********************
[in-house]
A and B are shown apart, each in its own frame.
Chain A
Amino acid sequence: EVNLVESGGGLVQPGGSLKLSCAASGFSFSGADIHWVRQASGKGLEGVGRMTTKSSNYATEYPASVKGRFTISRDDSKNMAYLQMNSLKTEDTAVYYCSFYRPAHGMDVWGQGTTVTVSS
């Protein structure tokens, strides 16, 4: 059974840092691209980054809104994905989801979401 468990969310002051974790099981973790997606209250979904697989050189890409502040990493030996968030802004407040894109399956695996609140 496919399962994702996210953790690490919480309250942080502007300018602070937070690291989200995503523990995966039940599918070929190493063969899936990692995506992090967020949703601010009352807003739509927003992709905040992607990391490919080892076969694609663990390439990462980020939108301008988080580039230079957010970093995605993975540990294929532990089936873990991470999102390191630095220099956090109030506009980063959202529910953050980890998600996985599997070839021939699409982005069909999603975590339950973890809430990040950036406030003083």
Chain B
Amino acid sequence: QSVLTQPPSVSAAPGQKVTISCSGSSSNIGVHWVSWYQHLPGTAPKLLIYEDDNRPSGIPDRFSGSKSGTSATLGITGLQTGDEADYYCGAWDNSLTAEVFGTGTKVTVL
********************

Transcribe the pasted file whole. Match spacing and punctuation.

[in-house]
A and B are shown apart, each in its own frame.
Chain A
Amino acid sequence: EVNLVESGGGLVQPGGSLKLSCAASGFSFSGADIHWVRQASGKGLEGVGRMTTKSSNYATEYPASVKGRFTISRDDSKNMAYLQMNSLKTEDTAVYYCSFYRPAHGMDVWGQGTTVTVSS
């Protein structure tokens, strides 16, 4: 059974840092691209980054809104994905989801979401 468990969310002051974790099981973790997606209250979904697989050189890409502040990493030996968030802004407040894109399956695996609140 496919399962994702996210953790690490919480309250942080502007300018602070937070690291989200995503523990995966039940599918070929190493063969899936990692995506992090967020949703601010009352807003739509927003992709905040992607990391490919080892076969694609663990390439990462980020939108301008988080580039230079957010970093995605993975540990294929532990089936873990991470999102390191630095220099956090109030506009980063959202529910953050980890998600996985599997070839021939699409982005069909999603975590339950973890809430990040950036406030003083």
Chain B
Amino acid sequence: QSVLTQPPSVSAAPGQKVTISCSGSSSNIGVHWVSWYQHLPGTAPKLLIYEDDNRPSGIPDRFSGSKSGTSATLGITGLQTGDEADYYCGAWDNSLTAEVFGTGTKVTVL